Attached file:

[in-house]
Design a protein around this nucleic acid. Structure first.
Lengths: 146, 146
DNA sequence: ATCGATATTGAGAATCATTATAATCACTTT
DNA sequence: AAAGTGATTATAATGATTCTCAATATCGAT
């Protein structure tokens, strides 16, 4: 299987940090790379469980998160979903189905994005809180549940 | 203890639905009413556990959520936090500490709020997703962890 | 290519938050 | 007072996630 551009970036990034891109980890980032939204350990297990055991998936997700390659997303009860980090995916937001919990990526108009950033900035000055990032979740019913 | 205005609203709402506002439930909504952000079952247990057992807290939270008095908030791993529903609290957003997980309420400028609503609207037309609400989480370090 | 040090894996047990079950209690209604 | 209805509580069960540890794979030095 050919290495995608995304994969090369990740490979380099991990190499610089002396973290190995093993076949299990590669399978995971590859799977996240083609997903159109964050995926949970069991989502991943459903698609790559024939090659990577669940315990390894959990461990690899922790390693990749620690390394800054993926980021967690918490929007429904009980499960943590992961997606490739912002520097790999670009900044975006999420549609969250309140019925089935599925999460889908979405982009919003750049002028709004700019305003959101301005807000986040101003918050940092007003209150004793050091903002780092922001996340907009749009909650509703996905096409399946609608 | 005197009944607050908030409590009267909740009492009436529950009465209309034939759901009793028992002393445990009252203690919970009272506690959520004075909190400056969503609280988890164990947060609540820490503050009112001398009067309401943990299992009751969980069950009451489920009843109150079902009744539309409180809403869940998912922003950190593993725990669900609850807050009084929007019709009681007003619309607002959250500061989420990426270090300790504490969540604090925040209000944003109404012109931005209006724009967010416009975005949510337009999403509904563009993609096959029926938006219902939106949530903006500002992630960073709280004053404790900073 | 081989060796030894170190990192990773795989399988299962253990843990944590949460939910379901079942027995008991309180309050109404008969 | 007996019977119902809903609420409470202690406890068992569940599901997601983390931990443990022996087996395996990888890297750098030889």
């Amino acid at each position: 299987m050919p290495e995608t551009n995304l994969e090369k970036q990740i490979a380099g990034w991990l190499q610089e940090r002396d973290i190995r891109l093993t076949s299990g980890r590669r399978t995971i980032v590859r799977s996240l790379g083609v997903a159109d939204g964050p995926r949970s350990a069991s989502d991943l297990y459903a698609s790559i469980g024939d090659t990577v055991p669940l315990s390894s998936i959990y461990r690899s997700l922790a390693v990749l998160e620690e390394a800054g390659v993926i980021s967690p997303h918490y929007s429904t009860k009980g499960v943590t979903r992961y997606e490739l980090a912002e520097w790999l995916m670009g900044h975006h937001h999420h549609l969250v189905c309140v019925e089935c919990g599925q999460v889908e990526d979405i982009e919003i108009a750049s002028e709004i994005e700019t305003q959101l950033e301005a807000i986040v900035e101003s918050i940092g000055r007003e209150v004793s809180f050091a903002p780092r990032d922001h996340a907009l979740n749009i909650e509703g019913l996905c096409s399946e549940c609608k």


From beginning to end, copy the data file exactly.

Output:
[in-house]
Design a protein around this nucleic acid. Structure first.
Lengths: 146, 146
DNA sequence: ATCGATATTGAGAATCATTATAATCACTTT
DNA sequence: AAAGTGATTATAATGATTCTCAATATCGAT
């Protein structure tokens, strides 16, 4: 299987940090790379469980998160979903189905994005809180549940 | 203890639905009413556990959520936090500490709020997703962890 | 290519938050 | 007072996630 551009970036990034891109980890980032939204350990297990055991998936997700390659997303009860980090995916937001919990990526108009950033900035000055990032979740019913 | 205005609203709402506002439930909504952000079952247990057992807290939270008095908030791993529903609290957003997980309420400028609503609207037309609400989480370090 | 040090894996047990079950209690209604 | 209805509580069960540890794979030095 050919290495995608995304994969090369990740490979380099991990190499610089002396973290190995093993076949299990590669399978995971590859799977996240083609997903159109964050995926949970069991989502991943459903698609790559024939090659990577669940315990390894959990461990690899922790390693990749620690390394800054993926980021967690918490929007429904009980499960943590992961997606490739912002520097790999670009900044975006999420549609969250309140019925089935599925999460889908979405982009919003750049002028709004700019305003959101301005807000986040101003918050940092007003209150004793050091903002780092922001996340907009749009909650509703996905096409399946609608 | 005197009944607050908030409590009267909740009492009436529950009465209309034939759901009793028992002393445990009252203690919970009272506690959520004075909190400056969503609280988890164990947060609540820490503050009112001398009067309401943990299992009751969980069950009451489920009843109150079902009744539309409180809403869940998912922003950190593993725990669900609850807050009084929007019709009681007003619309607002959250500061989420990426270090300790504490969540604090925040209000944003109404012109931005209006724009967010416009975005949510337009999403509904563009993609096959029926938006219902939106949530903006500002992630960073709280004053404790900073 | 081989060796030894170190990192990773795989399988299962253990843990944590949460939910379901079942027995008991309180309050109404008969 | 007996019977119902809903609420409470202690406890068992569940599901997601983390931990443990022996087996395996990888890297750098030889």
């Amino acid at each position: 299987m050919p290495e995608t551009n995304l994969e090369k970036q990740i490979a380099g990034w991990l190499q610089e940090r002396d973290i190995r891109l093993t076949s299990g980890r590669r399978t995971i980032v590859r799977s996240l790379g083609v997903a159109d939204g964050p995926r949970s350990a069991s989502d991943l297990y459903a698609s790559i469980g024939d090659t990577v055991p669940l315990s390894s998936i959990y461990r690899s997700l922790a390693v990749l998160e620690e390394a800054g390659v993926i980021s967690p997303h918490y929007s429904t009860k009980g499960v943590t979903r992961y997606e490739l980090a912002e520097w790999l995916m670009g900044h975006h937001h999420h549609l969250v189905c309140v019925e089935c919990g599925q999460v889908e990526d979405i982009e919003i108009a750049s002028e709004i994005e700019t305003q959101l950033e301005a807000i986040v900035e101003s918050i940092g000055r007003e209150v004793s809180f050091a903002p780092r990032d922001h996340a907009l979740n749009i909650e509703g019913l996905c096409s399946e549940c609608k």